Silver is an extremely under-valued asset: Historically, one could buy 15 ounces of silver with 1 ounce of gold; today 1 ounce of gold buys 77 ounces of silver (as of December 2022). See the GOLD: SILVER ratio today. If we consider the historical trend over millennia, the price of silver should be $119/oz today (price of gold divided by fifteen). On December 17st, 2022, its price was $23/oz. Silver is one of the rare commodities trading for less than it did in 1980.
Silver is used in a large number of products and industrial applications: mobile phones, digital cameras, computers, iPhones, etc. It is the second most-consumed commodity after oil, and there is no substitute for silver. This metal therefore offers good investment prospects.
Silver has played a crucial role in the automotive sector for many decades, thanks to two key characteristics: its unique thermal and electrical conductivity properties (the highest of any metal) and its high availability. The large industrial demand, which helps to drive prices up, will not erode as the price of silver rises due to the small amounts of metal contained in each product. Even a sharp rise in price will not lead to a decline in industrial demand. Once used, silver is destroyed, unlike gold, which is recycled.
With its growing role in the automotive industry (electric vehicles) and its use in the solar industry (photovoltaics), silver is an indispensable metal for the ecological transition. There is more silver used by photovoltaics than by the combined segments of goldsmithing and photography. Given the carbon neutrality commitments made by countries around the world, the use of photovoltaic energy is expected to increase and thus stimulate demand for the metal. The World Bank estimates that the development of renewable energies could result in a 4.5-fold increase in the demand for silver worldwide by 2050.
In addition to this industrial demand, there is a monetary demand: silver has always been considered as a form of money for centuries and the destruction of the purchasing power of currencies contributes to the return of silver as an essential element of a stable monetary system, as a safe haven to protect one's wealth from inflation and possible financial crises. Silver is a tangible asset. It cannot be created out of nothing (and therefore devalued). If you hold physical silver, in your own name, there is no counterparty risk (which is not the case with stocks, bonds or 'paper' money).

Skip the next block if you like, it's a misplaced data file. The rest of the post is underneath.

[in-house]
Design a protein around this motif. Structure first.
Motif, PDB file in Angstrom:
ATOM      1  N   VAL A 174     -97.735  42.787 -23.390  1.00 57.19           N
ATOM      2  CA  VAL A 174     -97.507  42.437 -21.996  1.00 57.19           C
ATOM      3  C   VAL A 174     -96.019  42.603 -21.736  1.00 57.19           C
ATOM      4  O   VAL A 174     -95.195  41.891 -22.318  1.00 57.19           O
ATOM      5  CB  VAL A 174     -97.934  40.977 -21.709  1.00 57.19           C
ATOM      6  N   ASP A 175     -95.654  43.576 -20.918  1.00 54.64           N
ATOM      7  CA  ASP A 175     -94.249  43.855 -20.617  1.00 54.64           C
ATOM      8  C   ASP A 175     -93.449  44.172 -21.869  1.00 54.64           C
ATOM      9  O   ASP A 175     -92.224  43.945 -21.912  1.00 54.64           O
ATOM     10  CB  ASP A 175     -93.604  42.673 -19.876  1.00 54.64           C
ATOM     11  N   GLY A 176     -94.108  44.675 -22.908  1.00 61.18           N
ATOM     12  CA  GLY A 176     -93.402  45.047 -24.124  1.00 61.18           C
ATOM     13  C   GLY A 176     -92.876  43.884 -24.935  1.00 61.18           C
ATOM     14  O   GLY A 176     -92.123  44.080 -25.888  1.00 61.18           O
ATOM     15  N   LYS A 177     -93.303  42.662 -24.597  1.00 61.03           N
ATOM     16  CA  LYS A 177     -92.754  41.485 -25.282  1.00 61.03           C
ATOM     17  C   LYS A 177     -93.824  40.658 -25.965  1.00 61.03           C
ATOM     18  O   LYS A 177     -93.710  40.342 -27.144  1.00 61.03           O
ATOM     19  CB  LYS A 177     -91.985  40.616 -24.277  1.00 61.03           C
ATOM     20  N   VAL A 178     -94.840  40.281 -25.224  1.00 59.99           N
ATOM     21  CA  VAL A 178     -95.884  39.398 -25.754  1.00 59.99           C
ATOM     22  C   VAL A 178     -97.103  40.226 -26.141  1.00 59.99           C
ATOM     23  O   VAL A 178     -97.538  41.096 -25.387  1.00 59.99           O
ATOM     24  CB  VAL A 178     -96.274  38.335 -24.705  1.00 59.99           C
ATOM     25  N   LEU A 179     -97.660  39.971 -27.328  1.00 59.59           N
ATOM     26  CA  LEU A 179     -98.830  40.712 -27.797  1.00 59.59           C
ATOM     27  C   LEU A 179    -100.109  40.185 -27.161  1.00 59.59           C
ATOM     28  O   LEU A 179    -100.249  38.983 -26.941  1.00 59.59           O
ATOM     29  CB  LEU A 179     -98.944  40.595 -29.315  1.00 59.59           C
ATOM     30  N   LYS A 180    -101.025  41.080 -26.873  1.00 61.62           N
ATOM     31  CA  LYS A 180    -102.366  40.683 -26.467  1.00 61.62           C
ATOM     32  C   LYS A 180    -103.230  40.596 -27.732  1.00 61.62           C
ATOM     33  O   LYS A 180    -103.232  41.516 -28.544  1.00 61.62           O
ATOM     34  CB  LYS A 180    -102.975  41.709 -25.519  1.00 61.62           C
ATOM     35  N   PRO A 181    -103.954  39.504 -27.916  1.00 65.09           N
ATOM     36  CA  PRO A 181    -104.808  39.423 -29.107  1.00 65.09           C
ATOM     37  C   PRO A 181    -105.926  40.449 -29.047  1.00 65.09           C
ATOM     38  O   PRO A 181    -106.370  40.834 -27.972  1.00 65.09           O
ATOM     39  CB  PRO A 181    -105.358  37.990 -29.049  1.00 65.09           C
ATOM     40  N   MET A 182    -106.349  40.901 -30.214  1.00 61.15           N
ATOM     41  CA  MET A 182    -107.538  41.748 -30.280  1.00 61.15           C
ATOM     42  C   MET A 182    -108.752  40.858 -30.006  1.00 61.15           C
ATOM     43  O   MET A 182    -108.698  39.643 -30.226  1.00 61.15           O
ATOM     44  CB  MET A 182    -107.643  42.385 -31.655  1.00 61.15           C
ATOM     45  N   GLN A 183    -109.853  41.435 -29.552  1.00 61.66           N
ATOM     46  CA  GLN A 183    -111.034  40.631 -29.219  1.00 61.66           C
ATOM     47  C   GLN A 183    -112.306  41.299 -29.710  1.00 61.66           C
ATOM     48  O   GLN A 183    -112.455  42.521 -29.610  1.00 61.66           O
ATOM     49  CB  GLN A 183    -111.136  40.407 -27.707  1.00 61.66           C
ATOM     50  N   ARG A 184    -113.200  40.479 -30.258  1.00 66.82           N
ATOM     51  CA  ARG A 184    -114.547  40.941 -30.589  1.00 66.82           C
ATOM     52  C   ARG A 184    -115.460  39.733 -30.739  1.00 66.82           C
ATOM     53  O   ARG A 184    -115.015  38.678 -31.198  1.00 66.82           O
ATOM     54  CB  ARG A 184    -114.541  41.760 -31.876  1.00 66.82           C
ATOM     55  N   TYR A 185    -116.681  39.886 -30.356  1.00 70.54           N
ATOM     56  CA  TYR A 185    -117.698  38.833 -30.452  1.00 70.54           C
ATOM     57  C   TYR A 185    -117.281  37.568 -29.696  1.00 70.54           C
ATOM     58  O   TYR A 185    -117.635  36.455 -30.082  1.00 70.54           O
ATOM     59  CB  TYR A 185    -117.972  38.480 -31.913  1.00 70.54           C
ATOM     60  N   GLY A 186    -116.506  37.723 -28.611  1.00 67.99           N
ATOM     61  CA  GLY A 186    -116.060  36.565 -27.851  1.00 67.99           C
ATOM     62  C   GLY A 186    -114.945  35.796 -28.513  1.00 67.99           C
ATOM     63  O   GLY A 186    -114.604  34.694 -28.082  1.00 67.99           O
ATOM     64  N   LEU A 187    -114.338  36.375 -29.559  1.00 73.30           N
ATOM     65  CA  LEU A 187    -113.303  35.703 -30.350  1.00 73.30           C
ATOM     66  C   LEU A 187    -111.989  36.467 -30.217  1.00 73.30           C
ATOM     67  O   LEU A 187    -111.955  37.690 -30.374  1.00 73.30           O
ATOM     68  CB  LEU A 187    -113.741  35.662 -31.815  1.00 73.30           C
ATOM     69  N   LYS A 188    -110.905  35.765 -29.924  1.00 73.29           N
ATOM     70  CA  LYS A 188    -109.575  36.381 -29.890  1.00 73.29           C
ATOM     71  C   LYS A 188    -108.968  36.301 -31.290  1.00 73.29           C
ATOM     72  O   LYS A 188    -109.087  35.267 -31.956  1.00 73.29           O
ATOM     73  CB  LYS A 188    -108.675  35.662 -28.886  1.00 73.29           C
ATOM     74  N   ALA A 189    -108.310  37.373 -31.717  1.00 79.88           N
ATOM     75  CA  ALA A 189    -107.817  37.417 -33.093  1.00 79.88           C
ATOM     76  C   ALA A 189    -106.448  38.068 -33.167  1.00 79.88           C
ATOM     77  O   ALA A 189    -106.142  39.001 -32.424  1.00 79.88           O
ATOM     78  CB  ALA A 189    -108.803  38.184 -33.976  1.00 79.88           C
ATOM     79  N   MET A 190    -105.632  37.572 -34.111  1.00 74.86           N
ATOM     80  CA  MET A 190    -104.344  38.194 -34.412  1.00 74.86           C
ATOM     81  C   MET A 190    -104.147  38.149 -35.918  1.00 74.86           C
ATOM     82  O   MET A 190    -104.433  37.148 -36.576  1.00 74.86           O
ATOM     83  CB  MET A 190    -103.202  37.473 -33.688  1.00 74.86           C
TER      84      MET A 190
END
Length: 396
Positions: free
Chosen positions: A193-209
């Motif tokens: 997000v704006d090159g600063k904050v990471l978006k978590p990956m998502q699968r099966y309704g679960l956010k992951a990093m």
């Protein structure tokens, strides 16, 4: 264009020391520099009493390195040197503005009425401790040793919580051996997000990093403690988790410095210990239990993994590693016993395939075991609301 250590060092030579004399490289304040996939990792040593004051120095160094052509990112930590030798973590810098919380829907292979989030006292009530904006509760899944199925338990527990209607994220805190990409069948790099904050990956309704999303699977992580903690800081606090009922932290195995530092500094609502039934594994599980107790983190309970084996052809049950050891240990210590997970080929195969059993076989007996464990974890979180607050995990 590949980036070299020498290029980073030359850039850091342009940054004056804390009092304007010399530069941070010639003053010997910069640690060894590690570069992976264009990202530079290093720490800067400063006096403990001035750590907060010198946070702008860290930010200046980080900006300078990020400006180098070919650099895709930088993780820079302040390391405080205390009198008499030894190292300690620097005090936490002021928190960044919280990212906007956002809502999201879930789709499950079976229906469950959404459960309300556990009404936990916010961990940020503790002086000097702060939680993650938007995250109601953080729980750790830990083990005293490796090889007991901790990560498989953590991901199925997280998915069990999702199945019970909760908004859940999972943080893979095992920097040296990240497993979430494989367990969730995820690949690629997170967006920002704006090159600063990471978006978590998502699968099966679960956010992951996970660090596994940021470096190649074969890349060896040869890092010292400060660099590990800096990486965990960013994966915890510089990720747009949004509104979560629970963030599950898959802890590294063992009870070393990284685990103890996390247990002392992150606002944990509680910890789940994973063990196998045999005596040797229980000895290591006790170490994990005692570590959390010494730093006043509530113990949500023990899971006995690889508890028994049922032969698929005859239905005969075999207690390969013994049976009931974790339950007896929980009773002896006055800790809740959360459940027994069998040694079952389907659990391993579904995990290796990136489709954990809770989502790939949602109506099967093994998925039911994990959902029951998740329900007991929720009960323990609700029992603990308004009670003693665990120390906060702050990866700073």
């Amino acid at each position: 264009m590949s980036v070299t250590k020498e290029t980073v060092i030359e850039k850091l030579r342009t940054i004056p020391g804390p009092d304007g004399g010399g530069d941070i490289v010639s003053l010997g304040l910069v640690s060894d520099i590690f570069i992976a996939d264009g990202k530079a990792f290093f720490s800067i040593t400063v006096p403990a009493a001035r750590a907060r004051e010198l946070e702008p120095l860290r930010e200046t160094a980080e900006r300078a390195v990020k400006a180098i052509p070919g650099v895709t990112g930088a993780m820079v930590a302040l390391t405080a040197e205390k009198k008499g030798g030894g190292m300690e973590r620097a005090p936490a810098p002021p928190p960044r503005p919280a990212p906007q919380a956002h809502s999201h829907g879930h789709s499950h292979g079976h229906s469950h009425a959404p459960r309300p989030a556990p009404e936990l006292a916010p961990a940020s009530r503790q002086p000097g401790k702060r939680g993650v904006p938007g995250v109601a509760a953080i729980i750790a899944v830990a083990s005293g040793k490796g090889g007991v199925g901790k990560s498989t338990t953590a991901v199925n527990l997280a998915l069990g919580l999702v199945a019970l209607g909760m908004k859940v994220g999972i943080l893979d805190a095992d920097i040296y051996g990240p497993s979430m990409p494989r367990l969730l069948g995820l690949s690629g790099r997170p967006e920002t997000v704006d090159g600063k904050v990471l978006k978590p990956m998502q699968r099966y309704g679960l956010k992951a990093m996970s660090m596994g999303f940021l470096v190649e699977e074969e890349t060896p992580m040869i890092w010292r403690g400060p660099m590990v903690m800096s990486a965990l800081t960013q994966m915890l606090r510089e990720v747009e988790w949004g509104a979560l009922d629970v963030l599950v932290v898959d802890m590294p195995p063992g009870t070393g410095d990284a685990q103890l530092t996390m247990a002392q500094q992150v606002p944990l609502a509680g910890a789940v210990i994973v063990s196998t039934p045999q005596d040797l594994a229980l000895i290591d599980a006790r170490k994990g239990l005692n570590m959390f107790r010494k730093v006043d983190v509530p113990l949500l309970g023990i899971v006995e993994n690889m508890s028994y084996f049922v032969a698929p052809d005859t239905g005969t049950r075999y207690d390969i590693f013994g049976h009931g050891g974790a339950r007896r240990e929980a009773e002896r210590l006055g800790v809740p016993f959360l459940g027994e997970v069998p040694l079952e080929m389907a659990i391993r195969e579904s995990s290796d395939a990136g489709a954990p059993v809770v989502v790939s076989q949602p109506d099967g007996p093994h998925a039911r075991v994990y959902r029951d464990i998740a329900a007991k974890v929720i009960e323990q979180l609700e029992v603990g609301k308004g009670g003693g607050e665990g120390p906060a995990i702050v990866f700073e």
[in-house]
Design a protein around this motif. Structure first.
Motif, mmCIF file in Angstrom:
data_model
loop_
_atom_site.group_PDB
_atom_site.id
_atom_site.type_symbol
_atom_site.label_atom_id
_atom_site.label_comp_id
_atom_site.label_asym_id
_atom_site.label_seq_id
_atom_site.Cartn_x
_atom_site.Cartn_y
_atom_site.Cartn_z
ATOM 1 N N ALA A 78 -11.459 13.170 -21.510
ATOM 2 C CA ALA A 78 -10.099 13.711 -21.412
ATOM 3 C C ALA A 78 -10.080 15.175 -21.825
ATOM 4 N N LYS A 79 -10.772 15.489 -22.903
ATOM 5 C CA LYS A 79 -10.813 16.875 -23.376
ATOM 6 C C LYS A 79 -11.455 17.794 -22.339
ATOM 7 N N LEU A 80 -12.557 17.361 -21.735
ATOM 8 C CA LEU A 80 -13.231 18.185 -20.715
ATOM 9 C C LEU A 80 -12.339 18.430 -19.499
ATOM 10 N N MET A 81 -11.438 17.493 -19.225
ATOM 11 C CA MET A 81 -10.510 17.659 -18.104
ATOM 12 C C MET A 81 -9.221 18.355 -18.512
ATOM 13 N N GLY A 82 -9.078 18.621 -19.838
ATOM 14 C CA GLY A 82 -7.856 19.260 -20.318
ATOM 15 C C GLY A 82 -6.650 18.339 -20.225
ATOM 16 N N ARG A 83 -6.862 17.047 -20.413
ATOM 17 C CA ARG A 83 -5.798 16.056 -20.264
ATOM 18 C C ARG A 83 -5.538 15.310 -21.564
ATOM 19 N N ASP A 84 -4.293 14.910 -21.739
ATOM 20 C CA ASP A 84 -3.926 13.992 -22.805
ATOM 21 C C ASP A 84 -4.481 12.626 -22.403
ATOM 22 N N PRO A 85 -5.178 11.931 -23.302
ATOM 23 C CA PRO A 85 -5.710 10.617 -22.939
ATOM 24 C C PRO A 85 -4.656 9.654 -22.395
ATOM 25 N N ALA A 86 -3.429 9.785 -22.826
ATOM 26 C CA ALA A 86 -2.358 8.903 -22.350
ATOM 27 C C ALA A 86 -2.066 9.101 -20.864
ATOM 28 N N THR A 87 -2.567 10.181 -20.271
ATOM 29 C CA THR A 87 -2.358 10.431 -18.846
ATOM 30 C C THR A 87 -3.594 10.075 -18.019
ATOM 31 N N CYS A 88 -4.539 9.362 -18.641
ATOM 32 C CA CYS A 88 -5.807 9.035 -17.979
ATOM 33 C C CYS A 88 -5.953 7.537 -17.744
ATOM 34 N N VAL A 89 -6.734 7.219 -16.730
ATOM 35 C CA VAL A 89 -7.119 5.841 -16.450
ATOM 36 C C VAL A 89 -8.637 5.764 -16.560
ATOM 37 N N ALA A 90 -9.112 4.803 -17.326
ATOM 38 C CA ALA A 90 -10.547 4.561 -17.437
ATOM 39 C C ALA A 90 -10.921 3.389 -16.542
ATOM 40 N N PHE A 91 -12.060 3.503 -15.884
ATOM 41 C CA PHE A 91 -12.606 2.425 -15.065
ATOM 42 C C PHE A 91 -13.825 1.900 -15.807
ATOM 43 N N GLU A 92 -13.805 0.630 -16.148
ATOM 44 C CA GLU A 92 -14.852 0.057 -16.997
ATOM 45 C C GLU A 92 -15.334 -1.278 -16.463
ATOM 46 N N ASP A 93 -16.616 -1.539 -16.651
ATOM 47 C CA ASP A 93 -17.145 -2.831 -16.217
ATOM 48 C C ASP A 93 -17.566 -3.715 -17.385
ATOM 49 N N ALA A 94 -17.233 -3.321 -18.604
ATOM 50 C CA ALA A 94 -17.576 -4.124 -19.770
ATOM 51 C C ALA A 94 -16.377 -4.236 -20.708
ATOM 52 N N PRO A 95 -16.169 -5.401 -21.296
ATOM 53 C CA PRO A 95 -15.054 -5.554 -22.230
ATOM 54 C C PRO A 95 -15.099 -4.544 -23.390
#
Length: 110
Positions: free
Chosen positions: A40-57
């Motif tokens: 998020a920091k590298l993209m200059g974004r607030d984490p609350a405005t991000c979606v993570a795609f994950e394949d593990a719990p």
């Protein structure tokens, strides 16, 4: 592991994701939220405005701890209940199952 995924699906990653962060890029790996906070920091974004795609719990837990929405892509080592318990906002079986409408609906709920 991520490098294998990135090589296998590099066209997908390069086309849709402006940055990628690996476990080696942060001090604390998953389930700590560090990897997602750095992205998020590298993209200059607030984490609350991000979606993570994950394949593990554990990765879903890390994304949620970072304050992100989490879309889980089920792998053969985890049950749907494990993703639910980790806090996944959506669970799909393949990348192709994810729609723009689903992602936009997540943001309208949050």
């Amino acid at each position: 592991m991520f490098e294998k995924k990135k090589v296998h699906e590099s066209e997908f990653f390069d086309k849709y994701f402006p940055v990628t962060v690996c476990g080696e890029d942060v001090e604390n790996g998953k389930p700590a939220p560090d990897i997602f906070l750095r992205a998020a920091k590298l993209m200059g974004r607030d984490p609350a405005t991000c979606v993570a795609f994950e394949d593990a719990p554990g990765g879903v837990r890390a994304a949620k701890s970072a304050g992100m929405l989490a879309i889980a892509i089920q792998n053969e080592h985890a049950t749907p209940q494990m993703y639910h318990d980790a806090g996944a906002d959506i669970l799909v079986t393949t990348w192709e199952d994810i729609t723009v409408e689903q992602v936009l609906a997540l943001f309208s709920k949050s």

The more the price of an ounce of gold increases, the less accessible gold becomes for millions of people (especially in Asia), because it is too expensive. This is not the case for silver. Millions of people will rush to buy the metal as they see the purchasing power of paper money being destroyed. This global demand did not exist during the last gold and silver boom in the 1980s... this is potentially a very large additional demand.
Physical silver stocks are declining significantly, especially since the February 2021 short squeeze, which caused historic tension in the market. We know that today's silver market is based on a fractional system where there are many more virtual owners than ounces of metal available.
Investment and industrial demand for silver is increasing, but supply is becoming scarce. A contraction in mining sector capital spending and a decline in the silver stockpile point to a major reduction in supply.
One phenomenon must be taken into account to understand the potential for silver: There are enormous short positions on the silver market. With silver prices going up, investors/traders holding those positions will have to buy them back, contributing to an acceleration in the rise in prices.
As with gold, many “paper” silver certificates have been sold when there is not enough physical silver in reserve to satisfy a demand for delivery from all holders of these “paper” certificates. This abundant "paper" supply has contributed to limiting the rise in silver prices for years by diverting it from the physical silver market. But the rush to tangible assets (and thus to physical silver) will cause these paper certificates (ETFs, etc.) to explode and silver prices to rise with them. Own silver in PHYSICAL form only.